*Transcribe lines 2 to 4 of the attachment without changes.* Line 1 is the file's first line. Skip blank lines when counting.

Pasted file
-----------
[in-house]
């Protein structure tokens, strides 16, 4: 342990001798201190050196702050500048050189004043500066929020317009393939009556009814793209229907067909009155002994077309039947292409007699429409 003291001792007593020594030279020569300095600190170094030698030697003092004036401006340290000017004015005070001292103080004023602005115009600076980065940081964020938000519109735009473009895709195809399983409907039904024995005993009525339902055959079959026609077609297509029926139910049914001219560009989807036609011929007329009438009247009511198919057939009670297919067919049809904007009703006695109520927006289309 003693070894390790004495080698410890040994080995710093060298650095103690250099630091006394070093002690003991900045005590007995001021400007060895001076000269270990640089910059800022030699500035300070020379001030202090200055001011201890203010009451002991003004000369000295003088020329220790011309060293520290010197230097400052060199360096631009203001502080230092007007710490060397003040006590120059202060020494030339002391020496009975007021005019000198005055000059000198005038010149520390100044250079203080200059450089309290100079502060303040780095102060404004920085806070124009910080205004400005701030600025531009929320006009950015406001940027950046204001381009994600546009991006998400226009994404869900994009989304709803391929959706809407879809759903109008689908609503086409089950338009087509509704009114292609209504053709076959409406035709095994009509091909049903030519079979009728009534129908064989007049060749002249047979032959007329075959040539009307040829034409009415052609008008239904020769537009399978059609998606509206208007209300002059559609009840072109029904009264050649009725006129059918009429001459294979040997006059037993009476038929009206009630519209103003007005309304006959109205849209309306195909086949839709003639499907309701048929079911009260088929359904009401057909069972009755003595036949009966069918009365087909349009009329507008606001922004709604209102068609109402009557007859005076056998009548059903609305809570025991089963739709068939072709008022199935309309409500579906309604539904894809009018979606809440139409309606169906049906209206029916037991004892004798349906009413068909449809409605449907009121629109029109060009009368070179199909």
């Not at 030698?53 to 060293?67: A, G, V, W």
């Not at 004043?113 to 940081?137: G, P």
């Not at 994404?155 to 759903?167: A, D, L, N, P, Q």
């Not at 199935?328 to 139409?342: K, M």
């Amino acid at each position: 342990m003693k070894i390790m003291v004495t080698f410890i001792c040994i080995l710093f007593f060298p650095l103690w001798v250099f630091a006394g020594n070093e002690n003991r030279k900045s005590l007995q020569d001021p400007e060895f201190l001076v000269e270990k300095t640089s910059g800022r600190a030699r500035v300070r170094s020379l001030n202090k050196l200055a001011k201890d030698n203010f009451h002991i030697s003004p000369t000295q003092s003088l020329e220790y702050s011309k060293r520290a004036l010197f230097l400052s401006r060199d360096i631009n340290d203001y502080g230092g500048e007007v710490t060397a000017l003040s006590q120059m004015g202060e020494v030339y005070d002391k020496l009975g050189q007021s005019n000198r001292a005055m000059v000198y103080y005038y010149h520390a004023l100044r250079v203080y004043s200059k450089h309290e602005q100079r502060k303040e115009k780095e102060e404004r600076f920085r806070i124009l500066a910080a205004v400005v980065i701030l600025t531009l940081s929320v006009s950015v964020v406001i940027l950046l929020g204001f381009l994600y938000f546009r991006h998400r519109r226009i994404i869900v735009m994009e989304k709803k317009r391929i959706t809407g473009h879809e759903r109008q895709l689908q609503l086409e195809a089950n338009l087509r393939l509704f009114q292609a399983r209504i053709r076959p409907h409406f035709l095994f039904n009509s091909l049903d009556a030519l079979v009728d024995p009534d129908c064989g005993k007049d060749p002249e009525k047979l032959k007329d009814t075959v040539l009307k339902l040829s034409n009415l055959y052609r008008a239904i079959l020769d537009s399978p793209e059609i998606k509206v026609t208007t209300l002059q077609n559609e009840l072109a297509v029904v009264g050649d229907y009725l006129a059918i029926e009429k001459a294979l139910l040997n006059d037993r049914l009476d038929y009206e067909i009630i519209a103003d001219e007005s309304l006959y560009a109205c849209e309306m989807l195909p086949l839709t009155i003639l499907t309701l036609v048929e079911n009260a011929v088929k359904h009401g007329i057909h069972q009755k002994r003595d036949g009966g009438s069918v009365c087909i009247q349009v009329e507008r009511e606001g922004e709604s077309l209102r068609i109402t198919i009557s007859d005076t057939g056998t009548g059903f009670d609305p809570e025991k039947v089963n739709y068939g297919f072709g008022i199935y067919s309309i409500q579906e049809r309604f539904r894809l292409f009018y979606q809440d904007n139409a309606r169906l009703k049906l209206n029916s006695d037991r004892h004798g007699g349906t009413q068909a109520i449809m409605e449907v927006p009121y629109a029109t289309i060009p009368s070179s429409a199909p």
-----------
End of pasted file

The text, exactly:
């Protein structure tokens, strides 16, 4: 342990001798201190050196702050500048050189004043500066929020317009393939009556009814793209229907067909009155002994077309039947292409007699429409 003291001792007593020594030279020569300095600190170094030698030697003092004036401006340290000017004015005070001292103080004023602005115009600076980065940081964020938000519109735009473009895709195809399983409907039904024995005993009525339902055959079959026609077609297509029926139910049914001219560009989807036609011929007329009438009247009511198919057939009670297919067919049809904007009703006695109520927006289309 003693070894390790004495080698410890040994080995710093060298650095103690250099630091006394070093002690003991900045005590007995001021400007060895001076000269270990640089910059800022030699500035300070020379001030202090200055001011201890203010009451002991003004000369000295003088020329220790011309060293520290010197230097400052060199360096631009203001502080230092007007710490060397003040006590120059202060020494030339002391020496009975007021005019000198005055000059000198005038010149520390100044250079203080200059450089309290100079502060303040780095102060404004920085806070124009910080205004400005701030600025531009929320006009950015406001940027950046204001381009994600546009991006998400226009994404869900994009989304709803391929959706809407879809759903109008689908609503086409089950338009087509509704009114292609209504053709076959409406035709095994009509091909049903030519079979009728009534129908064989007049060749002249047979032959007329075959040539009307040829034409009415052609008008239904020769537009399978059609998606509206208007209300002059559609009840072109029904009264050649009725006129059918009429001459294979040997006059037993009476038929009206009630519209103003007005309304006959109205849209309306195909086949839709003639499907309701048929079911009260088929359904009401057909069972009755003595036949009966069918009365087909349009009329507008606001922004709604209102068609109402009557007859005076056998009548059903609305809570025991089963739709068939072709008022199935309309409500579906309604539904894809009018979606809440139409309606169906049906209206029916037991004892004798349906009413068909449809409605449907009121629109029109060009009368070179199909």
């Not at 030698?53 to 060293?67: A, G, V, W």
């Not at 004043?113 to 940081?137: G, P």